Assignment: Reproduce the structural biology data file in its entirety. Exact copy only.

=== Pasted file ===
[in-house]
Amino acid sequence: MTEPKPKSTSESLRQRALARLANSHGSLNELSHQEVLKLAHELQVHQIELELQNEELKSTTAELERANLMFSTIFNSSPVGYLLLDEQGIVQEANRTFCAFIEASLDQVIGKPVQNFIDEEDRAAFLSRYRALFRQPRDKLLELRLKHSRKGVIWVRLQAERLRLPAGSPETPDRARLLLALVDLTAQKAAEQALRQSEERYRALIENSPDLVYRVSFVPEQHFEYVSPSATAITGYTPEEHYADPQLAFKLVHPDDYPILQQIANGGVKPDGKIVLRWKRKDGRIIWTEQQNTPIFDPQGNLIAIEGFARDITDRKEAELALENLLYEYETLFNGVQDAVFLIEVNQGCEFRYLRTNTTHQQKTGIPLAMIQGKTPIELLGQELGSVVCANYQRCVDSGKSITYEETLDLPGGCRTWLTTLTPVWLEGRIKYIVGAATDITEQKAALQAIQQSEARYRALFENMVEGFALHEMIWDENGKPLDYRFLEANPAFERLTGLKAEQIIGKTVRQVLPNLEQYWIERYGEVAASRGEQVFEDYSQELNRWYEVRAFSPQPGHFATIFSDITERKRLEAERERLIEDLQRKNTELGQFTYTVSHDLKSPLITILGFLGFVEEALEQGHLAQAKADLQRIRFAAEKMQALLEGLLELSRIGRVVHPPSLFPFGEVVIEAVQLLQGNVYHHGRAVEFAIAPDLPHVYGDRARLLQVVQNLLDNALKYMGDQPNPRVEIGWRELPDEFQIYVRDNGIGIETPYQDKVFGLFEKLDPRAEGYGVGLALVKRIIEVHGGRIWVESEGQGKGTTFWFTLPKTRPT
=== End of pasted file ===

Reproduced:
[in-house]
Amino acid sequence: MTEPKPKSTSESLRQRALARLANSHGSLNELSHQEVLKLAHELQVHQIELELQNEELKSTTAELERANLMFSTIFNSSPVGYLLLDEQGIVQEANRTFCAFIEASLDQVIGKPVQNFIDEEDRAAFLSRYRALFRQPRDKLLELRLKHSRKGVIWVRLQAERLRLPAGSPETPDRARLLLALVDLTAQKAAEQALRQSEERYRALIENSPDLVYRVSFVPEQHFEYVSPSATAITGYTPEEHYADPQLAFKLVHPDDYPILQQIANGGVKPDGKIVLRWKRKDGRIIWTEQQNTPIFDPQGNLIAIEGFARDITDRKEAELALENLLYEYETLFNGVQDAVFLIEVNQGCEFRYLRTNTTHQQKTGIPLAMIQGKTPIELLGQELGSVVCANYQRCVDSGKSITYEETLDLPGGCRTWLTTLTPVWLEGRIKYIVGAATDITEQKAALQAIQQSEARYRALFENMVEGFALHEMIWDENGKPLDYRFLEANPAFERLTGLKAEQIIGKTVRQVLPNLEQYWIERYGEVAASRGEQVFEDYSQELNRWYEVRAFSPQPGHFATIFSDITERKRLEAERERLIEDLQRKNTELGQFTYTVSHDLKSPLITILGFLGFVEEALEQGHLAQAKADLQRIRFAAEKMQALLEGLLELSRIGRVVHPPSLFPFGEVVIEAVQLLQGNVYHHGRAVEFAIAPDLPHVYGDRARLLQVVQNLLDNALKYMGDQPNPRVEIGWRELPDEFQIYVRDNGIGIETPYQDKVFGLFEKLDPRAEGYGVGLALVKRIIEVHGGRIWVESEGQGKGTTFWFTLPKTRPT